The noise keeps on getting louder, and then I’m awake. The noise continues. It’s outside the house. The world is ending or something. My brain isn’t fully engaged, so rational thought isn’t on the agenda just yet. I stumble to the window and throw open the curtains, letting in the light of a beautiful summer morning, completely forgetting I am wearing nothing but my pants. The street is full of people looking up. Higher than my window, thankfully.

Then, I experience a real life, very Bristolian version of the opening scene of Star Wars. Instead of an Imperial Cruiser passing overhead is a hot air balloon, basket full of people dangling perilously beneath it, surveying the world below them, having a bloody good time by the looks of it.

Balloon. As seen from my bedroom window this morning.

 I found the whole thing very exciting. A massive balloon (actually, there were five or six) flew directly over my house and woke me up and I was excited. It was a treat. It was a great start to the day. I rushed to take a picture and discovered that my dexterity when half asleep has significant room for improvement. I hung around a little longer at home in the hope that some more were on their way. It set me up for the day in a way that an alarm clock could never hope to match.

It was particularly welcome because I’ve not been feeling my usual bright and breezy self recently. It was just a small thing but it reminded me of how much a small thing can have a big impact on how you feel. It allowed me to abandon my usual cynicism and misanthropy for a moment and to feel good about what wonderful things the future may hold for Cam.

While the feeling lasted my mind went on a joyous randonnée through the myriad of experiences I hope that Cam, Mrs L and I will share. I pictured the wonder I hope to see on his face the first time he sees something which really captures his imagination. We’re a little way from there yet; it is only in the past few days he has started to reach out for his Freddy Firefly.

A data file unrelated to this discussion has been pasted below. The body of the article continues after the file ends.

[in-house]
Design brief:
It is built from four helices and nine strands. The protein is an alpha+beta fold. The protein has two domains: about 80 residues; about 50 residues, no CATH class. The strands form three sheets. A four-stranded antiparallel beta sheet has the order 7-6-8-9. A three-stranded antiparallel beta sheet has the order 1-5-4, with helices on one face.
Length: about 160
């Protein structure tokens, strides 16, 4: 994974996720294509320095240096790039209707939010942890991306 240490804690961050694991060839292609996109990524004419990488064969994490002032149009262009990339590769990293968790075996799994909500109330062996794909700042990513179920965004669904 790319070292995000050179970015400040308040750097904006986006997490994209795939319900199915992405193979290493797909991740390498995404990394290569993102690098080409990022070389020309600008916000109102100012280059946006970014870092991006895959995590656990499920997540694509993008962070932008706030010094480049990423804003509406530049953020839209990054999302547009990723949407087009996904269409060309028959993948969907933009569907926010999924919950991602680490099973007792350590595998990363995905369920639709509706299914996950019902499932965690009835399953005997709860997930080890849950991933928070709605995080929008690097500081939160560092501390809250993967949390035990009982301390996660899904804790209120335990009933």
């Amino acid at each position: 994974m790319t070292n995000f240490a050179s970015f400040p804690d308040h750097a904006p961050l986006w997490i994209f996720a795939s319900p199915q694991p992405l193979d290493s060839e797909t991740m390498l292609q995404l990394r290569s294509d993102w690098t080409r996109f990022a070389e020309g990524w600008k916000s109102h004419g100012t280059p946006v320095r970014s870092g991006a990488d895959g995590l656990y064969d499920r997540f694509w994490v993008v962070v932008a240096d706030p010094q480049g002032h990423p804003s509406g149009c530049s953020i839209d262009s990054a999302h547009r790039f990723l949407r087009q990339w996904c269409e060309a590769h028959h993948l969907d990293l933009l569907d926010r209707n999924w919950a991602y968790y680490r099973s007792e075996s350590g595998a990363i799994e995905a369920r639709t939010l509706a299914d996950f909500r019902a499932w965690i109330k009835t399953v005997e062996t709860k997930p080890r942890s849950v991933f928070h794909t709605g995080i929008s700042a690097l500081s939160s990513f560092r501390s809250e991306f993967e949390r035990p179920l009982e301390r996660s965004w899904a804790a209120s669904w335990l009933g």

Today’s wake up was a rare good one. I’ll be holding onto the memory of it for as long as I can.

I hope you’re having a good day, and that your wake up call this morning was a good one. Thanks for reading.

Thursday, August 9, 2012

I spy with my little eye - F

It's Wednesday, it's Wednesday. What do you mean it's Thursday? Oh, shh. I've been watching those Olympics and playing actual real life basketball. I didn't realise the time, okay? I'm sorry.

Anyway. Lateness aside, it is time to join in with @jbmumofone's game of I Spy.

It works like this: Mum of One tells us the letter for the week, we take the pictures, you all guess what is in there. Simple and fun.

This week, the letter is F. Here is my photo:

Leave your guesses in the comment box, then click on the badge to see who else is playing this week.

Mum of One

Monday, August 6, 2012


Some time over the last twenty-four hours NASA landed a giant radio controlled car on Mars. Written down, that sounds quite simple. But anyone who has ever driven a radio controlled car knows otherwise.

It’s essentially impossible to get a radio controlled car to go anywhere without crashing into a bookcase. NASA is hoping that their big toy will explore an area of Mars which they believe may hold proof that the planet was once capable of sustaining life.

If they discover that any previous life forms on Mars owned bookcases, the mission could come to a quick and disappointing end. Two and a half billion dollars worth of investment into a Mars rover, somehow hooked into an impromptu and unwanted marriage with extraterrestrial storage furniture.

Before they even get the chance to crash into any bookcases though, they have to land the giant radio controlled car. The landing mechanism for the Mars explorer thingy is called a Sky Crane. Presumably, this equipment is what happens when the old boys at NASA try to con some plucky apprentice into asking for non-existent objects at the hardware store (see also: tartan paint, sky hooks, etc)